EDIT: Important question: what do you mean by "vanity"? That's a word that gets thrown around and now has some vagueness in it's meaning. I'm asking because vanity=/= fear of being ugly/desire to maintain attractiveness.

Edited by Siegfried von Walheim

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@Dylan Lawrence Moore

@Siegfried von Walheim

Thanks guys for your advice and words. 

@Dylan Lawrence Moore I find your health advice pretty useful. I do enjoy living healthy and think that maintaining health is more valuable than most medicine. 

On 1/13/2018 at 1:08 PM, Dylan Lawrence Moore said:

Step 3. Learn about nutrition in relation to Step 2. It turns out that the nutrition "education" that we've received through the school system, the media, and even from our own medical system, is so inside-out and upside-down that it gives you the opposite of what you need to know. There are certain foods that will wreck havoc on your endocrine system (example: soy), and there are others that do wonders for it (grassfed butter, pastured eggs, coconut oil, etc.). Simply getting your diet worked out can do wonders for your whole existence, including beauty.

I got into nutrition in my teenage years. I had some pretty extreme cystic acne, and the only thing that worked was a radical change in my diet and lifestyle.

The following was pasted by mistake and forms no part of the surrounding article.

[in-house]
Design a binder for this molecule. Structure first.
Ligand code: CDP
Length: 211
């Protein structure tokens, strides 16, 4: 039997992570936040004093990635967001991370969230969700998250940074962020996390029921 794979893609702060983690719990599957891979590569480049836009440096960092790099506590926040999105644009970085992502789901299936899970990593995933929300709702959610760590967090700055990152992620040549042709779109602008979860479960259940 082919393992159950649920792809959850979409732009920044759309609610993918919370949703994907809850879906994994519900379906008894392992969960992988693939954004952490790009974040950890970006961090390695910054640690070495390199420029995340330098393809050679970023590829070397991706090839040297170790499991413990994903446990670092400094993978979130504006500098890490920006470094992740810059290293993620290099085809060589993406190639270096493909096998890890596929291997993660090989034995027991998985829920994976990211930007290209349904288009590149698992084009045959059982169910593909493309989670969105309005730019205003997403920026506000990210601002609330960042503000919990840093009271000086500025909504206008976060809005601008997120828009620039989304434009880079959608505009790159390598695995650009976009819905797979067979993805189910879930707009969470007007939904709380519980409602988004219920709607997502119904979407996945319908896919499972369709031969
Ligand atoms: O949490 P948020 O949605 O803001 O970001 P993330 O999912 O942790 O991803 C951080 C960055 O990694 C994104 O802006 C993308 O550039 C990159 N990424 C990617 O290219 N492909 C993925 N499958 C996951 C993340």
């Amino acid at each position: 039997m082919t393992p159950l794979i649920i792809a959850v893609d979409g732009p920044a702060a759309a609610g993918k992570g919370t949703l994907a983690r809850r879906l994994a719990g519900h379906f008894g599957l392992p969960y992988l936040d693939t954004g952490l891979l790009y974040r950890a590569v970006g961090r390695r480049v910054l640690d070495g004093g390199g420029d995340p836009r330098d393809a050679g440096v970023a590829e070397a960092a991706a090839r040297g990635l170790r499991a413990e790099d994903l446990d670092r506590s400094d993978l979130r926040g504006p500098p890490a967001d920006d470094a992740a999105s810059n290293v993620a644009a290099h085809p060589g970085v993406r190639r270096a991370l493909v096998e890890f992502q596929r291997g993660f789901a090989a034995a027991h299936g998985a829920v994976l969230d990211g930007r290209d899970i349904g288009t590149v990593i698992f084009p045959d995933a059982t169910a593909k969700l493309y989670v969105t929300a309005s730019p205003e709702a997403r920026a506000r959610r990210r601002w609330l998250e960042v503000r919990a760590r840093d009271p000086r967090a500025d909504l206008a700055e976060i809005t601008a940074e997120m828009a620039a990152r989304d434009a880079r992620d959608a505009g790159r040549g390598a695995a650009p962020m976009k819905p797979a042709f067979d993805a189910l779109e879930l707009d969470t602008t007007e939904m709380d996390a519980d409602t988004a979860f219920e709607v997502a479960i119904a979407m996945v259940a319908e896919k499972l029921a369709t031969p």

On 1/13/2018 at 1:08 PM, Dylan Lawrence Moore said:

Now, of course, all that being said about physical beauty, you've very clearly pointed out that you've been conditioned to feel that you don't have any value unless you're beautiful. This might be something a therapist is going to have to get you through, because it's not something rational for you; it's something beaten in deep down. Just as practice, have you thought of not spending so much effort on making yourself look attractive and see how your husband and others react to you? I can see from your avatar you're very attractive, and I'm guessing you spend a lot of time making sure that's the case. Maybe try doing it a little less, and see how you handle with your new look. You're probably very used to people interacting with you based on your attractiveness, so become a little less attractive (by makeup/clothes/perfume standards) and see if you can learn how to handle people interacting with your new look